Tell about it”
–three dictums that seem particularly apt for my returning to the Campus School.
To gather myself amid the familiar and new, I begin my day with a tour of the halls. The walls of this school once held my paintings, once structured my growth, and I am eager to learn what of them has changed– and what has endured.
Paradox imbues experiences of returning; in her article “Reflections on Portraiture: A Dialogue Between Art and Science,” educational portraitist Sara Lawrence Lightfoot writes of “fundamental polarities” and the “convergence of opposites” (8), a conception echoed by Parker J. Palmer who writes in The Courage to Teach that “practicing paradox” and “holding the tension of opposites” elicits holistic learning opportunities for teachers and students alike. I reflect on the pulls of both past and present; tradition and innovation; stasis and fluidity as I round the corners of SCCS, directing my “attention” to that which lends “astonish[ment].”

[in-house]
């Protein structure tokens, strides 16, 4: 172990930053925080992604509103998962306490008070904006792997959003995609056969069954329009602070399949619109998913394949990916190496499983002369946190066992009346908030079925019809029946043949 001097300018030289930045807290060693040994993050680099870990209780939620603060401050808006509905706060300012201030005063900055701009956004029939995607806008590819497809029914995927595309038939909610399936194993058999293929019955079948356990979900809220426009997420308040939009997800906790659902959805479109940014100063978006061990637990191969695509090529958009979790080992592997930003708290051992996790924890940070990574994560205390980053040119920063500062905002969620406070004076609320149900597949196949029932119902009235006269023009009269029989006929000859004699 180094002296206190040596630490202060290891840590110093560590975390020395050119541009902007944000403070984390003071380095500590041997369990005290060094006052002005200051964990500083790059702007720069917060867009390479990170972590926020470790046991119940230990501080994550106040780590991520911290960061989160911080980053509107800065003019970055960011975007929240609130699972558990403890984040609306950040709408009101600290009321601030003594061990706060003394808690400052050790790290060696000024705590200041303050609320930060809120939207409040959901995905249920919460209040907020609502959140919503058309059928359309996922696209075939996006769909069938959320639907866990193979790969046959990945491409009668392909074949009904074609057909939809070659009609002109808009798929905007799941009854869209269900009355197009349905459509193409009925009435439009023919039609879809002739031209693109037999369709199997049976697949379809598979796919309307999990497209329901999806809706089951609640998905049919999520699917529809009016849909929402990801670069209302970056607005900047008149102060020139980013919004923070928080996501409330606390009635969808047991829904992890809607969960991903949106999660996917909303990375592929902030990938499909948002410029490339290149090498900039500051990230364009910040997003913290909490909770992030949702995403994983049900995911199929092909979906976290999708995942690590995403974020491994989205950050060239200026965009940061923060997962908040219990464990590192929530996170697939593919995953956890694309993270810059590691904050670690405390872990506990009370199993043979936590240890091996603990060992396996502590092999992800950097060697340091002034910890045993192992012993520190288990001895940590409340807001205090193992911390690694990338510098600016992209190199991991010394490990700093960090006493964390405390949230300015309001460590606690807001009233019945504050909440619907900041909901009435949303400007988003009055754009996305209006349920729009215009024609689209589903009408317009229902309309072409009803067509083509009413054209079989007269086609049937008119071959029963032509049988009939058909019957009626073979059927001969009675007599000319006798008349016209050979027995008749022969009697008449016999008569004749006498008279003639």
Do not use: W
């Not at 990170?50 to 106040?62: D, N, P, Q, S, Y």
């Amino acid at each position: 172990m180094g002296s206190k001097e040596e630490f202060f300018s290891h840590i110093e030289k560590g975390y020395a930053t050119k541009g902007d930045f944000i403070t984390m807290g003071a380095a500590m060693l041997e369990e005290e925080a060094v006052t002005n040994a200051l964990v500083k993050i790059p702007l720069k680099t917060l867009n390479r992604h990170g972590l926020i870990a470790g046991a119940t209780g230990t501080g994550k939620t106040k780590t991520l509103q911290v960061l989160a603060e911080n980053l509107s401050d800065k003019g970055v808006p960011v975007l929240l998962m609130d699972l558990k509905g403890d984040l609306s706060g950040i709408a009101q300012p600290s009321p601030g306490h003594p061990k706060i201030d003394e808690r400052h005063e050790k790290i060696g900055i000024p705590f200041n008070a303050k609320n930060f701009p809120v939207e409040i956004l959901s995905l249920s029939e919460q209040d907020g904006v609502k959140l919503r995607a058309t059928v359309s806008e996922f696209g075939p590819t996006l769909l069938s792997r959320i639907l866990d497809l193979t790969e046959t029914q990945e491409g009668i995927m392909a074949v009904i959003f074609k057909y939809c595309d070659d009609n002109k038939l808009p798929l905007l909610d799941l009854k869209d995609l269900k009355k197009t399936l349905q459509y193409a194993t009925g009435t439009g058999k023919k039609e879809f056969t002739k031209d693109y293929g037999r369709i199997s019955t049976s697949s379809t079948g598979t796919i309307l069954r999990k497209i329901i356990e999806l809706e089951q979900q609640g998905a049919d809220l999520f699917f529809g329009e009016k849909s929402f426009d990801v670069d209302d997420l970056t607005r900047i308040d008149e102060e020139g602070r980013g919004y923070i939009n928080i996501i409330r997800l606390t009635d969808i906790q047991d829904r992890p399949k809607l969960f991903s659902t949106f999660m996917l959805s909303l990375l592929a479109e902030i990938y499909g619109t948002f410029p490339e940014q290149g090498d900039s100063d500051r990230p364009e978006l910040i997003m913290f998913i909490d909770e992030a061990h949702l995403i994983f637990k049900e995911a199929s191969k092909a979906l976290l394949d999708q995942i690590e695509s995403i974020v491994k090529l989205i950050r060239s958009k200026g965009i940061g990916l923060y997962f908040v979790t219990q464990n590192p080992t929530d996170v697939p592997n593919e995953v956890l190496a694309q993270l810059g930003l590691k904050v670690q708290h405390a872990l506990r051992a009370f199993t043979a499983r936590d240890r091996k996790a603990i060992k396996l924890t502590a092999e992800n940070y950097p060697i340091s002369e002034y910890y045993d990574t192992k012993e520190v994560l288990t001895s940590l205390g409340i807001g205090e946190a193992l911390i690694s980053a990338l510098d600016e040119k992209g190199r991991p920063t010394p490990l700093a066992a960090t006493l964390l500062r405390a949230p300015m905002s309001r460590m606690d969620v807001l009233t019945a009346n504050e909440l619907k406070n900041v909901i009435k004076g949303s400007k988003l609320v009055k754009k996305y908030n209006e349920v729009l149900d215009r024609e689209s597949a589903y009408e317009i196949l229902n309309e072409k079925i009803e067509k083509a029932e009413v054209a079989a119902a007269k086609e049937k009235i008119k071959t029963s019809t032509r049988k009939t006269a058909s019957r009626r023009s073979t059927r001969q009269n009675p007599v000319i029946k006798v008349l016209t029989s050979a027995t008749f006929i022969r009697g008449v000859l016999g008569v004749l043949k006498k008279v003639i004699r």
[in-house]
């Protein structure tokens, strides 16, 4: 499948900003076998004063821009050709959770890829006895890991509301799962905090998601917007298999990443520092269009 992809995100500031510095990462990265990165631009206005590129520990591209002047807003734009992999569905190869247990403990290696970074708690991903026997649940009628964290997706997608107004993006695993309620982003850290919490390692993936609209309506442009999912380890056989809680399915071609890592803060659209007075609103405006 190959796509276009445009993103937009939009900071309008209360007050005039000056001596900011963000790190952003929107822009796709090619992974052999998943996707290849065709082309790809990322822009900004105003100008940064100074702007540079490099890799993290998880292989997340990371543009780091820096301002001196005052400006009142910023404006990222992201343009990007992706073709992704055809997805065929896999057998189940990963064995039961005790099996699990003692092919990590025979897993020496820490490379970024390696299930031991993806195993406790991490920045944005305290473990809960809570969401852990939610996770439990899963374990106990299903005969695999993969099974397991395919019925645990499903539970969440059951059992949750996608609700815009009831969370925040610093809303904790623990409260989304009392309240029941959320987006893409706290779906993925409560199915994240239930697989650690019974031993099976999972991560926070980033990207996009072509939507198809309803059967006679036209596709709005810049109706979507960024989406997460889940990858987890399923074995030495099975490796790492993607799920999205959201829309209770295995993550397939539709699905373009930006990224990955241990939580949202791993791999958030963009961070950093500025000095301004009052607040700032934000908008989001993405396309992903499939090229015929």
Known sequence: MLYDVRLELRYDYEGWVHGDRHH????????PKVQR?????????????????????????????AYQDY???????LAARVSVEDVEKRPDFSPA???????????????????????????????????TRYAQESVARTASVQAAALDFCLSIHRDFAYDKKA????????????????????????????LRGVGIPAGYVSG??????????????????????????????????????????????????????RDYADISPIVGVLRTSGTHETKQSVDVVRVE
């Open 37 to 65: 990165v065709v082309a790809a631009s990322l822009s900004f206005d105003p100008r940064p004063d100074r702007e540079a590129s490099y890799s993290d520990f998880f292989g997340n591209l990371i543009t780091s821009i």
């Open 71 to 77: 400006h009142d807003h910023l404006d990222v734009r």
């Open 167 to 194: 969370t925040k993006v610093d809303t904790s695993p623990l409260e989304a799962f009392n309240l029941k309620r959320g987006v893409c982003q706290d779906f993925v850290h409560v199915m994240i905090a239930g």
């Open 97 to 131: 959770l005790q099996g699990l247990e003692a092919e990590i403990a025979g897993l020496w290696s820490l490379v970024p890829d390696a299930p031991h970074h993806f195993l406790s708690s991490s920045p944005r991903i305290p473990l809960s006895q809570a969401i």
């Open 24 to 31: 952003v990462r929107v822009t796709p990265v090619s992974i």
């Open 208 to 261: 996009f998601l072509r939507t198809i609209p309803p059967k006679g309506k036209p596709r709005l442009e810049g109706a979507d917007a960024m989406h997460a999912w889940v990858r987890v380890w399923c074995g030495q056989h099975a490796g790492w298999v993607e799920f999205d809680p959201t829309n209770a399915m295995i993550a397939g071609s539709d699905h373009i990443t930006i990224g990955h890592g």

Keeping Lightfoot’s idea of portraiture in mind, I am pleased to find a wall filled with vibrant cray-pas drawings. “Abstraction,” their signage tells me, is the theme of this second grade art unit, inspired by the works of Georgia O’Keefe. Yellows and blues form their own paradox, jumping from construction paper in lines curved and rigid.
The entry-point of the third and fourth-grade corridor continues a blue colorscape, establishing an aquatic sense of flow. My time as a student was filled with echoes of the third grade river unit—lessons in which students explored ponds and streams, learned about creatures and water conservation. The year-long unit continues to define third graders’ school year. Water-related art by Kurt Walters (left) and Paul Klee (right) carries visitors along their own “water tour,” establishing a sense of traveling upstream—ascending from third grade to fourth, journeying through waters like the koi in those paintings while floating, also, amid the “here and now” like lily pads.